[cap-talk] ... enforcement - hope? Capabilities as clumsy, not

Mark Miller markm at cs.jhu.edu
Wed Sep 29 21:11:56 EDT 2004

David Wagner wrote:
> Based on what I've read here, the definition of "ambient authority system"
> on this list seems to be any system where a process has associated
> with it an implicit set of rights, where when the process performs
> some operation (e.g., makes a syscall), the reference monitor checks
> whether there exists any right in the processes' set that would permit
> the operation to succeed.
> In other words, ambient authority systems are ones where the process does
> not explicitly state which of its rights it is wielding (which of its
> rights it thinks demonstrates that the operation should be permitted).
> Rather, this is left implicit, and as a result the reference monitor has
> to guess at which right the process intended to use for this operation.

AFAIK, the term "ambient authority" was coined simultaneously and 
independently by myself and Dean Dribble, in order to explain what was wrong 
with the "Netscape capability" system. To us, it clearly wasn't a capability 
system (or what we'd now call an "object-capability" system). But it had some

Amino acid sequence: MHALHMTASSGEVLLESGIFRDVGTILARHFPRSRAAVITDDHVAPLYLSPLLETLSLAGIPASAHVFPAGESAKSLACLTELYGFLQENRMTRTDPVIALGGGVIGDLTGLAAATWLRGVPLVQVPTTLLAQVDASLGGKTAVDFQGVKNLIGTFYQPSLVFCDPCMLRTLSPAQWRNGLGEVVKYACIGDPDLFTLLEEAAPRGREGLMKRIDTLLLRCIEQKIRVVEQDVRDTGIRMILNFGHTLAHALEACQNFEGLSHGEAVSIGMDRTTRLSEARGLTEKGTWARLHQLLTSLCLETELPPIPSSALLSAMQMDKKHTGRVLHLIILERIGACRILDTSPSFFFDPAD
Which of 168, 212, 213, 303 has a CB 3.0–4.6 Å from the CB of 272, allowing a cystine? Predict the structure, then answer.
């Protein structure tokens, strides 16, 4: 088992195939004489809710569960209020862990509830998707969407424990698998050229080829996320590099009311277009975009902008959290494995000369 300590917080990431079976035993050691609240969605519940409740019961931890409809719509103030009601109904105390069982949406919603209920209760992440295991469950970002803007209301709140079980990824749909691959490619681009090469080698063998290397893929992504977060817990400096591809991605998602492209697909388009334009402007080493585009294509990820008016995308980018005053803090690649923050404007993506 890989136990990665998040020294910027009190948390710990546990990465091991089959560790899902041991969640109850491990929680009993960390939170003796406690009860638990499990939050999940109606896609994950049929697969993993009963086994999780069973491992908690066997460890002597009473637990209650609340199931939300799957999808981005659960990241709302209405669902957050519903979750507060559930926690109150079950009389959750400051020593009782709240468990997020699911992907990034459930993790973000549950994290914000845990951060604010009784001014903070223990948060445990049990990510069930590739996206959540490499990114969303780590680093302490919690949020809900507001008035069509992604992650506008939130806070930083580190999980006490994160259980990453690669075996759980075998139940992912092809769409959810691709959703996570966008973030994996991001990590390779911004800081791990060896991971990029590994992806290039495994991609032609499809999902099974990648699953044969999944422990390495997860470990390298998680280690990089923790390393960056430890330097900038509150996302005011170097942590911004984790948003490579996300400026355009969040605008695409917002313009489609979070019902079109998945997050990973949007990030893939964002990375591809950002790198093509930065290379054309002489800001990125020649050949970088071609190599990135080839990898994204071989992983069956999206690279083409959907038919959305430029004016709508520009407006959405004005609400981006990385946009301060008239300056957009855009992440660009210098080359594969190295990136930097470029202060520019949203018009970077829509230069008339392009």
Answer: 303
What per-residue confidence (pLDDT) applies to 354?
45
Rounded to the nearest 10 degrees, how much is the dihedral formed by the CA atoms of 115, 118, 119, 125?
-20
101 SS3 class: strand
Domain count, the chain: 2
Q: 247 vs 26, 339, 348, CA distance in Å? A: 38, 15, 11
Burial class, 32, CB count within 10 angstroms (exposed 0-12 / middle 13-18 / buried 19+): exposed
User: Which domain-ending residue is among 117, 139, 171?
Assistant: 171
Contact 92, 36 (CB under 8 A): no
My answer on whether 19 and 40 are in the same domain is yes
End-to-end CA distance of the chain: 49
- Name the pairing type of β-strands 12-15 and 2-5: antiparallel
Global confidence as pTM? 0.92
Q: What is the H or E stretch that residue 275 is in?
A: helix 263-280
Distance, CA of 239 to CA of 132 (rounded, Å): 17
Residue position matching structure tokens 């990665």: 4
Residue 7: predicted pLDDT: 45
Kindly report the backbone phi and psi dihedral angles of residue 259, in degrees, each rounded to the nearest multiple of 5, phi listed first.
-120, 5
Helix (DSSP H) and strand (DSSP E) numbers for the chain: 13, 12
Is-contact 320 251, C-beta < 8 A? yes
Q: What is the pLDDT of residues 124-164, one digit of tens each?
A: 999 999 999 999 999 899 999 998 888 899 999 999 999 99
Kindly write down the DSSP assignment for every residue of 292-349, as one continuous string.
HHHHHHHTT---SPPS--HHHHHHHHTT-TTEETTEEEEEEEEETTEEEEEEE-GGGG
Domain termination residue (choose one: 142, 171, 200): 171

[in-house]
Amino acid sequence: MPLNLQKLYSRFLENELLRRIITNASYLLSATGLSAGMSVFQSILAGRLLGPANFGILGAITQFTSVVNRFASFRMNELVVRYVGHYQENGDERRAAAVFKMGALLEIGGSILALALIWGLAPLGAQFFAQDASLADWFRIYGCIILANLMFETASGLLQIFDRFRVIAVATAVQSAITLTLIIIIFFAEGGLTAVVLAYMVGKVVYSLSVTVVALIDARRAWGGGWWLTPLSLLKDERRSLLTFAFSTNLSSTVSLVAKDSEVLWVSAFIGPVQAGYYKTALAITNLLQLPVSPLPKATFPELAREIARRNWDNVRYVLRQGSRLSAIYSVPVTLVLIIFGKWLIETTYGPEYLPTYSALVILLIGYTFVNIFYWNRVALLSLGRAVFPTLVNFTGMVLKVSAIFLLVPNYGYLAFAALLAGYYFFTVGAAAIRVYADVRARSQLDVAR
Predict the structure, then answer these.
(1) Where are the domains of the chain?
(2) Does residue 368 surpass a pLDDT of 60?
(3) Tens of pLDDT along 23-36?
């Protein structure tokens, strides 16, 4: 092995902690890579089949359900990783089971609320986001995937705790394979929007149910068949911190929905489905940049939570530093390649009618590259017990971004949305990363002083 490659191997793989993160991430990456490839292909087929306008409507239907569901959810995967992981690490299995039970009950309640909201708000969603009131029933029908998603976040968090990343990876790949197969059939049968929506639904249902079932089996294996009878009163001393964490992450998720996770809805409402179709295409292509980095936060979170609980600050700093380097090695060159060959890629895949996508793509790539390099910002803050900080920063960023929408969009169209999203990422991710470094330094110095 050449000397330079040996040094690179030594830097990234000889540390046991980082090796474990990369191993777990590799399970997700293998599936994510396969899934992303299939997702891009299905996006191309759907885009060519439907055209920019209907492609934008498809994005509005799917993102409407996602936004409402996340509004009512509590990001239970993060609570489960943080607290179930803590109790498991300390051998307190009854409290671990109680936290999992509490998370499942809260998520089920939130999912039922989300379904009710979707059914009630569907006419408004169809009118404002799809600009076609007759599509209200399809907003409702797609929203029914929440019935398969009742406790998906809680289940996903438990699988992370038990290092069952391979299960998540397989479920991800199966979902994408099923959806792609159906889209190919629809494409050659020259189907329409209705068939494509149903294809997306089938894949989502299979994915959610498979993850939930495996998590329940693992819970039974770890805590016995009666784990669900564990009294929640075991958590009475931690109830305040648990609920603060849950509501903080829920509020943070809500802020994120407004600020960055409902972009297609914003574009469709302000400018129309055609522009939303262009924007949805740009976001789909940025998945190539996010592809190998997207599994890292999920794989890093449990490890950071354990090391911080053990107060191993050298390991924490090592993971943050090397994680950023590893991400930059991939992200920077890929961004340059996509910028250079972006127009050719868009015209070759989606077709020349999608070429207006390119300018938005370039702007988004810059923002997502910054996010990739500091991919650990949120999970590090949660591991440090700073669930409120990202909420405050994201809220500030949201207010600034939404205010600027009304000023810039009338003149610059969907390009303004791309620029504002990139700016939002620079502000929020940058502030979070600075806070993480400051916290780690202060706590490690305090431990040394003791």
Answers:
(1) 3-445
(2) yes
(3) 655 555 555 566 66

things in common with capabilities, including a kind of least authority 
support that, I take it from the discussion, might be compared to Sys trace.

AFAIK, Dean and I even independently chose the same meaning for this term. I 
believe David's explanation above represents this meaning accurately. I 
believe "Capability Myths Demolished" 
<http://srl.cs.jhu.edu/pubs/SRL2003-02.pdf> (see also 
<http://www.eros-os.org/pipermail/cap-talk/2003-March/001133.html>) states a 
compatible distinction, and uses it to categorize various access control 
models -- including some ambient authority systems that, like "Netscape 
capabilities", have used the term "capability" to describe themselves.

Text by me above is hereby placed in the public domain


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